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Dealing With Hoof Cracks: Sole Supports for Health and Strength

Filed under: Featured,Health & Training |     


By: Heather Smith-Thomas

Pat Burton, a Texas farrier, has developed effective ways to rehabilitate cracked feet, using management rather than bar shoes or other types of special shoeing. “Every day, the hoof grows and changes. My philosophy is to try to encourage good hoof growth and minimize anything that would inhibit that growth or put pressure on the affected site. We’re trying to repair damaged tissue, facilitate healing and regeneration, and prevent future fractures in the epidermal structures,” he explains.

In the past few years, Burton started using pour-in products as one way to develop parts of the foot that need to accept the load. “I use pour-in Vettec products and shape the material to the bottom of the foot so it still has some concavity and flexibility. That’s the key. It’s not a rigid substance. The foot must be able to move; we need to accommodate and manage that movement,” he says.

“I load the rest of the foot—which is the same premise behind putting on a bar shoe. But I do this with materials that mimic the sole or the hoof wall—like SuperFast, Sole Guard, and similar products. There’s also a new product that I tested for Vettec. Some products are very hard after they set, but this one still has some flexibility,” he says.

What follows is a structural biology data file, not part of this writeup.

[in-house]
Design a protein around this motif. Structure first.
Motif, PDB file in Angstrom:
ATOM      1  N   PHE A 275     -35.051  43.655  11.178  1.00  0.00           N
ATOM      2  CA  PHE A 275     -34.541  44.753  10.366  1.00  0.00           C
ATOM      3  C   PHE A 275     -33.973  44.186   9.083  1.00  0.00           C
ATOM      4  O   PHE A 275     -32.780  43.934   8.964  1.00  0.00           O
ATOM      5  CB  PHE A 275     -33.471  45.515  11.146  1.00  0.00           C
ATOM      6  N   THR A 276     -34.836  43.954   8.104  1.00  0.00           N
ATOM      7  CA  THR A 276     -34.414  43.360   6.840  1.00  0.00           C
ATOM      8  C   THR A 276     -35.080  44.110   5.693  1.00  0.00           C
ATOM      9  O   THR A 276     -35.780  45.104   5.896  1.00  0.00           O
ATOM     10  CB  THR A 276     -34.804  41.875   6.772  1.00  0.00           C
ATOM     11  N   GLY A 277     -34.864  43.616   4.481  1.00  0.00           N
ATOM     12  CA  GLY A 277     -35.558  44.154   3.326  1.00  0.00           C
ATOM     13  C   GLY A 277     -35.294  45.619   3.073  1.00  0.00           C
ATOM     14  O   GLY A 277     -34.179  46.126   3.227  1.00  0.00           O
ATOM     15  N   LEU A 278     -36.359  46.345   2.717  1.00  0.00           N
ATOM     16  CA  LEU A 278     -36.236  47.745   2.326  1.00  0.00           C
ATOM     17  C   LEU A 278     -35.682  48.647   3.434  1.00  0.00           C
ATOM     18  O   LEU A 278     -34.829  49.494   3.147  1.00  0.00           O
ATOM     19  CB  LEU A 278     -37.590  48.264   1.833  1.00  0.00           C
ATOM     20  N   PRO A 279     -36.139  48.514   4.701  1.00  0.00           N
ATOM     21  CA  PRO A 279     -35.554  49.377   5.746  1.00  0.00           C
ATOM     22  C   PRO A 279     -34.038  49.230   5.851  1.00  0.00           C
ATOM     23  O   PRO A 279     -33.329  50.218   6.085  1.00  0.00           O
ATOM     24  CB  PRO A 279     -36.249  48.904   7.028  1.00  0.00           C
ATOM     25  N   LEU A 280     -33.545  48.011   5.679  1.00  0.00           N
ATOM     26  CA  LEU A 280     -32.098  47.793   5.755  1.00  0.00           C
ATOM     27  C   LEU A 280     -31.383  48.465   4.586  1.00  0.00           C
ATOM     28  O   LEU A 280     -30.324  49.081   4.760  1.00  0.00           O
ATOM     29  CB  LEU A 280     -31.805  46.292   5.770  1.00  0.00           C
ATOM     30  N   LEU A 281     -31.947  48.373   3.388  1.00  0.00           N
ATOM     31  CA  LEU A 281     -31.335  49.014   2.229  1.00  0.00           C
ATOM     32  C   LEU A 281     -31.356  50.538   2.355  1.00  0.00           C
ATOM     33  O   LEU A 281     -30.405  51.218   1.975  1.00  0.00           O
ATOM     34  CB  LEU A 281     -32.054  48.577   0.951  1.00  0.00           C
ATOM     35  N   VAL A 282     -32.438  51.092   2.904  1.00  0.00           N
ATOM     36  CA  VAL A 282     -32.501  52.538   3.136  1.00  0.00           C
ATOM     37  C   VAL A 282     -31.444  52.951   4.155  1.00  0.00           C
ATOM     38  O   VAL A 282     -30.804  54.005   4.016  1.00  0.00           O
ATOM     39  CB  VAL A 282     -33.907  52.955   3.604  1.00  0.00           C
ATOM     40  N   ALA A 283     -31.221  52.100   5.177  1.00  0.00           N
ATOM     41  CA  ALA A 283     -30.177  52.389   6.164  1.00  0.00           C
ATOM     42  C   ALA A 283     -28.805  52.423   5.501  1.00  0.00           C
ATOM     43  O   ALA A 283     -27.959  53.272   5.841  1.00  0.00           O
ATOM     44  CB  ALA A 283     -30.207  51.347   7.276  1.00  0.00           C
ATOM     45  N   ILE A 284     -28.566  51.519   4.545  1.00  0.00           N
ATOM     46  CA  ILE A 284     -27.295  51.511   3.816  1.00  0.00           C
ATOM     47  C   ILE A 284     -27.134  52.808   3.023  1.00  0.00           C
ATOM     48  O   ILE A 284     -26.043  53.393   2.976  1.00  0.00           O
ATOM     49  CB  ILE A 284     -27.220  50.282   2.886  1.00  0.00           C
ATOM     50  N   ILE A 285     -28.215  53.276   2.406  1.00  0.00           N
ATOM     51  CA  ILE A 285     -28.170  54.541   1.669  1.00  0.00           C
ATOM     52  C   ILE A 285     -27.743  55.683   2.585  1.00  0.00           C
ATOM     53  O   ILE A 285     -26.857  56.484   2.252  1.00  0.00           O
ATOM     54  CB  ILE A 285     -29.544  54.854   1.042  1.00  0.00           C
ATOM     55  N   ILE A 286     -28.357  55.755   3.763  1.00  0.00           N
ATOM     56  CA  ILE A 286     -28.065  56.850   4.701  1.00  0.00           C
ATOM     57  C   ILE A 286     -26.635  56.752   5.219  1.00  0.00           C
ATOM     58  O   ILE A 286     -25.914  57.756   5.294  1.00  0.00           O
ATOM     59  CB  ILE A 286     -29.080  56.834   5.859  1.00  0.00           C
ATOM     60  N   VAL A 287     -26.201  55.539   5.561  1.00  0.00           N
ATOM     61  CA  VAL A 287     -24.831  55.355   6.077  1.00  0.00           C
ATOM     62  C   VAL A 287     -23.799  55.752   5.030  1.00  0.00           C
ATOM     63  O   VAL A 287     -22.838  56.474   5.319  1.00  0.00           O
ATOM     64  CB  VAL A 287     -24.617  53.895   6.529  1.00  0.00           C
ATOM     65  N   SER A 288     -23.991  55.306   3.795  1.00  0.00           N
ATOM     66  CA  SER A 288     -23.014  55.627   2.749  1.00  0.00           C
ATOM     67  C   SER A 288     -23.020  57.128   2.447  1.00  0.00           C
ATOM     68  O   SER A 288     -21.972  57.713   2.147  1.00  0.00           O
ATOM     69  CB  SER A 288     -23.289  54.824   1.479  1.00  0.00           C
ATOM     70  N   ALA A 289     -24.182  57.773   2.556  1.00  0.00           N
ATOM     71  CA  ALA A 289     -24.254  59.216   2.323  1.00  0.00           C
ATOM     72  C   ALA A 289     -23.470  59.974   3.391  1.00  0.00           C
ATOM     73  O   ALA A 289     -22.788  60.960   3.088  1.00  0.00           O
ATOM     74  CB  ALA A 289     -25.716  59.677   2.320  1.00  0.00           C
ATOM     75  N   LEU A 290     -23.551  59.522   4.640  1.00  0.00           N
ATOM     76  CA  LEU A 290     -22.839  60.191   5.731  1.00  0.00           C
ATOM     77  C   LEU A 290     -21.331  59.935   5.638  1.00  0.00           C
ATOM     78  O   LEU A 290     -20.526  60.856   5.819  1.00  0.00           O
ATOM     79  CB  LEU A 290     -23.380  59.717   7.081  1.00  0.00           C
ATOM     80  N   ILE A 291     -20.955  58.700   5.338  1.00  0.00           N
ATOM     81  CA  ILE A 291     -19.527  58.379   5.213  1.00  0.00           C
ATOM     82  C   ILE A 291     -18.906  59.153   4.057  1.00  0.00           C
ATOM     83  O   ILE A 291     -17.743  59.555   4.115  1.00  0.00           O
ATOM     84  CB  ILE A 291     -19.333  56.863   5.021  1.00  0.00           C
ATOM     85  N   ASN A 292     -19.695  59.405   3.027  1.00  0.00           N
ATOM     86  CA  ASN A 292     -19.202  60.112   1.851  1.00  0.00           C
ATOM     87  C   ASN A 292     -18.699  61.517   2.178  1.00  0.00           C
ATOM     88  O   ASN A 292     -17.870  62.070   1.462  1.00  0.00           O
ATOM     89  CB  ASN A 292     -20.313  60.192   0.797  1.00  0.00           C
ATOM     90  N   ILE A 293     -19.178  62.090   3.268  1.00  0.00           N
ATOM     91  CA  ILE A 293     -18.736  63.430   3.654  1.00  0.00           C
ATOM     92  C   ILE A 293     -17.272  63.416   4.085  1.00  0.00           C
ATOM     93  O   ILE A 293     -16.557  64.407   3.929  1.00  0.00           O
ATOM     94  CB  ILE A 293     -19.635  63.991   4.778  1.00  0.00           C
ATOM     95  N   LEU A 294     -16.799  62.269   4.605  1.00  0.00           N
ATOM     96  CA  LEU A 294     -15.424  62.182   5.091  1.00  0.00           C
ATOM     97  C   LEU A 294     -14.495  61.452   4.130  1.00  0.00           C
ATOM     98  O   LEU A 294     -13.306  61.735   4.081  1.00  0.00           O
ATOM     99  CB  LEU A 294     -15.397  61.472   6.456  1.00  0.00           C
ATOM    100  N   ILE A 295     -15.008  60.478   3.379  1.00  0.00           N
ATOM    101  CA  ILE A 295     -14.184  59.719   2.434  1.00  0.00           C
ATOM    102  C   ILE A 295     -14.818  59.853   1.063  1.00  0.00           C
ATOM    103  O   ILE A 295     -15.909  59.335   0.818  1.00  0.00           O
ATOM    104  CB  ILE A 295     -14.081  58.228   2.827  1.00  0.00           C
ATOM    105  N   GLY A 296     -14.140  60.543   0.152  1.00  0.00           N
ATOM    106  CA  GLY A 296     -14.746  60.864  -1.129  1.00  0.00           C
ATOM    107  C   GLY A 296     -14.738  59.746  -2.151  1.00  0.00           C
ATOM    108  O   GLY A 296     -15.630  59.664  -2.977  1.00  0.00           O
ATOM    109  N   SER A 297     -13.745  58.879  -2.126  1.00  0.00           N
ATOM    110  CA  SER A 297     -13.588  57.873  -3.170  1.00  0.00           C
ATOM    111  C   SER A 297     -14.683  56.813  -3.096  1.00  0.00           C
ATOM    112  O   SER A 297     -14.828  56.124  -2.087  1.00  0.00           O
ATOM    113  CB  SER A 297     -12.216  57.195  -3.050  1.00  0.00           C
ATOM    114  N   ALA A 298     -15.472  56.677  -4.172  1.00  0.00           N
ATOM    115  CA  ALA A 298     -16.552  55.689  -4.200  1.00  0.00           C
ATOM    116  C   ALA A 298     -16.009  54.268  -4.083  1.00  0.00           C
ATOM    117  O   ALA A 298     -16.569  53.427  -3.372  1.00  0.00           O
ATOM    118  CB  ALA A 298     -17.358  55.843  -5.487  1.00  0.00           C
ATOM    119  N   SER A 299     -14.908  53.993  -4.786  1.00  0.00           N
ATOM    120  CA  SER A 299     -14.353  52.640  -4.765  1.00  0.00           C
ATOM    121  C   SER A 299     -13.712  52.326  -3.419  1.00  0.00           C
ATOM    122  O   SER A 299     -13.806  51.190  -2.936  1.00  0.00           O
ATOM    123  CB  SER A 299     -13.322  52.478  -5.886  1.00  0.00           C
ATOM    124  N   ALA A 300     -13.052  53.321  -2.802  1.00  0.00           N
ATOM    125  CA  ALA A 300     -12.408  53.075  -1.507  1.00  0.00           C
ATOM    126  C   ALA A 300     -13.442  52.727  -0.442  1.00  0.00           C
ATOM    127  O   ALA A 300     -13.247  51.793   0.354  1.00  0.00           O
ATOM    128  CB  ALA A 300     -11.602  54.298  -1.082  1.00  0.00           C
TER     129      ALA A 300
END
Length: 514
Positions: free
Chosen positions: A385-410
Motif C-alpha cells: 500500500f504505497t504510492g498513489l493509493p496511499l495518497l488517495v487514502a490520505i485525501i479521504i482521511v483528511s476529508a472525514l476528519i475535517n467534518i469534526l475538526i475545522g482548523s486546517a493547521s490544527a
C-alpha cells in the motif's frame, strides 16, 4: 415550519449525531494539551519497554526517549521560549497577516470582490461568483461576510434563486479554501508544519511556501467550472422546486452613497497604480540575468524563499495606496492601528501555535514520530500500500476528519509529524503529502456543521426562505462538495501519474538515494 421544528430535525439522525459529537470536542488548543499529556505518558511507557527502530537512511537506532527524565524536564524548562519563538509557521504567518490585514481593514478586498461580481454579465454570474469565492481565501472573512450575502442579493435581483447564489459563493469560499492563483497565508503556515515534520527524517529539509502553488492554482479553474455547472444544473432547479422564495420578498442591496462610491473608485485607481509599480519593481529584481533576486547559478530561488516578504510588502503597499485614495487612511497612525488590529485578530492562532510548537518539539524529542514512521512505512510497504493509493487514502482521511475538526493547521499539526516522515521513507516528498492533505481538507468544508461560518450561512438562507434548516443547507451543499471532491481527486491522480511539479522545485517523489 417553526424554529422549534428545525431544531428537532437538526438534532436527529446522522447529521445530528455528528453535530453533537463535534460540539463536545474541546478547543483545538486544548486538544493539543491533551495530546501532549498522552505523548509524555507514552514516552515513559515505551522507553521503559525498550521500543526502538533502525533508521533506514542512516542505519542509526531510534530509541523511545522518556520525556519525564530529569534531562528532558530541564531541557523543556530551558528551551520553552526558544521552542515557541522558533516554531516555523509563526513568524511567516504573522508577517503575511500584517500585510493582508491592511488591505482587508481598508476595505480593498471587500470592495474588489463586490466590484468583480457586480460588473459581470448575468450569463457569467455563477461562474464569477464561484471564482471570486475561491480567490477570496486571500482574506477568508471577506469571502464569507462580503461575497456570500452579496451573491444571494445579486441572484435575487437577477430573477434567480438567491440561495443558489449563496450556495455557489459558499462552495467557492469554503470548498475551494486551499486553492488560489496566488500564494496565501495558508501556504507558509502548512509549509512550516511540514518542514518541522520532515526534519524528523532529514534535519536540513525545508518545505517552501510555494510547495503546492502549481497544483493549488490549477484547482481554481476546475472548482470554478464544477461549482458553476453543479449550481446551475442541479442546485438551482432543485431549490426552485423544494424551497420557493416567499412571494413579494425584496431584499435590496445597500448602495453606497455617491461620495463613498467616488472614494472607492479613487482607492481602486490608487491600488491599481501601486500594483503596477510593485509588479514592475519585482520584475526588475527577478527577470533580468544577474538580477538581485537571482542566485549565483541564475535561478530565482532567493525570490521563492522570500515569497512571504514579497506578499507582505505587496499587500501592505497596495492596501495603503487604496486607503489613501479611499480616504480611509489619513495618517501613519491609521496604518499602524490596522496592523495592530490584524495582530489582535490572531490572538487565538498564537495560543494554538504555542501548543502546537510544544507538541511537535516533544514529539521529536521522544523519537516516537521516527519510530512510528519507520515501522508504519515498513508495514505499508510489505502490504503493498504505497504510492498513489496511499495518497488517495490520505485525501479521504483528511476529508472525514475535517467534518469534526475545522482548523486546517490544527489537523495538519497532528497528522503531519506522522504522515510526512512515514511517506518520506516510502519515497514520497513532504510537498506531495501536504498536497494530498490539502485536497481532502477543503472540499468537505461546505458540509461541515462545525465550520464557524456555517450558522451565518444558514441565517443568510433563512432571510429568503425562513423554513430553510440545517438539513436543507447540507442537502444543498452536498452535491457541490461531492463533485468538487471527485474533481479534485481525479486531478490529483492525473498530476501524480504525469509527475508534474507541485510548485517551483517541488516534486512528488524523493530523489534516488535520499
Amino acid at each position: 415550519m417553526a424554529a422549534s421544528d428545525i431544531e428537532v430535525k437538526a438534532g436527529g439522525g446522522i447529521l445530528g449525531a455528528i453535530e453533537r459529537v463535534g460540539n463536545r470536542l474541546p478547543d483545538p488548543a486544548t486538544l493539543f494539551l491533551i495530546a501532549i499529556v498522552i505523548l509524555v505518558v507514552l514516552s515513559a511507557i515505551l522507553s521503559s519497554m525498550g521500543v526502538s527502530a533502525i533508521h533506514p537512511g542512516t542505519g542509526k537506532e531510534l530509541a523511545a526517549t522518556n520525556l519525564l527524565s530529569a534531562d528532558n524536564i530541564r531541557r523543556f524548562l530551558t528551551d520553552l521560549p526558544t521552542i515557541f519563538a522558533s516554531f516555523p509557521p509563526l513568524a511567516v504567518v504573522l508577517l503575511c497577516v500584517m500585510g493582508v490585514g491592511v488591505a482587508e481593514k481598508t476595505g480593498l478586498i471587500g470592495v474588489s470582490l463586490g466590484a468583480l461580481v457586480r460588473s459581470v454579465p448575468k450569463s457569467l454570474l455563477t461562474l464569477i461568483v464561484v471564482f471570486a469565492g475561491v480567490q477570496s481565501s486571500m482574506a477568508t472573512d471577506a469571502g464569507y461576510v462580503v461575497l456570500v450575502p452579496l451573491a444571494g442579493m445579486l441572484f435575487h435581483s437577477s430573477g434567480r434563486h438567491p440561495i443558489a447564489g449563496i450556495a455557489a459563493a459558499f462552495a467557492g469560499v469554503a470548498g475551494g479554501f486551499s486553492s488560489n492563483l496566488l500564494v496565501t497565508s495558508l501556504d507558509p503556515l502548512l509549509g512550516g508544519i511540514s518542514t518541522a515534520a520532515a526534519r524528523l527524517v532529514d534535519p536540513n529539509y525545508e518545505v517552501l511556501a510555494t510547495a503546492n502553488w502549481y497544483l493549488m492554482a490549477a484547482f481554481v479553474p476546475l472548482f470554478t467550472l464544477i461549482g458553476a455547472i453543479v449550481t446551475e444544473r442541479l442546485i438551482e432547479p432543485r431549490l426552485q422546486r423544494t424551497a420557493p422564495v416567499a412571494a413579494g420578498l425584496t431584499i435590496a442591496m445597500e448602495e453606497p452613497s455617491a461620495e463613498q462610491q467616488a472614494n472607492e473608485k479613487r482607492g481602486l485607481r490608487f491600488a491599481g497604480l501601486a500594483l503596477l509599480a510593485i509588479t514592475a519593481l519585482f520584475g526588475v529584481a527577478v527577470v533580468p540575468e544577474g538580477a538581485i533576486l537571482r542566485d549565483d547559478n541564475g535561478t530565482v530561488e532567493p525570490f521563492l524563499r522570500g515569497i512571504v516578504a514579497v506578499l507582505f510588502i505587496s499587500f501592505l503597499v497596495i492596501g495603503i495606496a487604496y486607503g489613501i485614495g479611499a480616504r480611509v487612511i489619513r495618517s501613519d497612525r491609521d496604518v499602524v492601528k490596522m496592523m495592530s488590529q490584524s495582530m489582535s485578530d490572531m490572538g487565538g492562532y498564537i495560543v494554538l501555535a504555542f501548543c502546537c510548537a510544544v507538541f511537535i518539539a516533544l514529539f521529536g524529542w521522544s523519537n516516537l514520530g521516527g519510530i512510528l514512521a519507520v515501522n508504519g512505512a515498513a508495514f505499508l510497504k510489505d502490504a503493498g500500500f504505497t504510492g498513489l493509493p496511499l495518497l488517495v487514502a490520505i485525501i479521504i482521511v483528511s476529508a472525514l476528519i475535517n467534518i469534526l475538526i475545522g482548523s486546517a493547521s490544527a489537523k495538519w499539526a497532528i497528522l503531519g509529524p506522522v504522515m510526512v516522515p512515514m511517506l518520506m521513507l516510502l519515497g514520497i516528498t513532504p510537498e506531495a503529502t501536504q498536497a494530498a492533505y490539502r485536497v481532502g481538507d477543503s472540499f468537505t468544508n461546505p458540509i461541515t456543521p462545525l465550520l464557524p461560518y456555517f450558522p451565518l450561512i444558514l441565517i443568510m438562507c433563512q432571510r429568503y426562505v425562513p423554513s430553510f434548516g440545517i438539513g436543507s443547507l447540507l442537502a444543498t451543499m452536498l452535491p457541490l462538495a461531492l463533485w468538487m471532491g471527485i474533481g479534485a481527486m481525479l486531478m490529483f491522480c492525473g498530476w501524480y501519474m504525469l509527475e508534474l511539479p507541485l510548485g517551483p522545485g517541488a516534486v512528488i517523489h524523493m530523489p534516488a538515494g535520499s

Material that’s too hard is not forgiving enough; it doesn’t flex with the foot and the hoof develops fracture lines. “This is one reason I leave the frog exposed when I pour material into the bottom of the foot. I pour it around the frog and mimic thickening of the sole. I find that horses working on proper footing will develop a stronger, thicker sole. I just try to encourage this with a pour-in. Sometimes I’ll do a second and third pour, but try to get away from this as soon as I can, and let the horse develop more sole on his own,” explains Burton.

“If the foot has 8 to 10-millimeter sole depth, and I pour another 4 millimeters, I’ve created 12 to 14-millimeters of protection—something that can handle the weight. If a sole becomes too thin, less than 8 millimeters, you’re in trouble. Some horses are ok with 10 millimeters and some are not. If you can get 12 to 15 millimeters of sole, those horses can walk on rocks and gravel and not get tender,” he says.

“When I pour the feet, I get an exact impression of the bottom of the foot. I’ve saved some of those. The first and second pour side-by-side may not be significantly different. But if you look at the first one and the third, or a later one, you can see how much change has occurred in increments over that time. There are changes in the dimension of the frog, changes in the heels, and in the depth of the digital cushion.”

Photo Credit: Brittany Bevis

Photo Credit: Brittany Bevis

These pours mimic what Nature wants to do with that foot—thicken and toughen it. “I consider it a synthetic sole that I’m pouring over the foot. I sculpt it out to retain some concavity and leave the frog exposed so it takes some weight and stimulates the foot to work properly,” says Burton.

The next pour is usually not as thick–just enough to help the horse keep moving around without becoming tender, because movement and exercise is the key to healing and stronger hoof development. This will help resolve the problem with cracks.

“If the horse doesn’t move and exercise, the foot won’t heal. If the horse is in pain, he isn’t going to move, and the foot won’t develop properly. Once it starts degenerating, it’s like a house of cards—it all starts to fall down. It starts atrophying. We need to go the other direction—and get the foot to start working again with stronger sole and hoof wall.”

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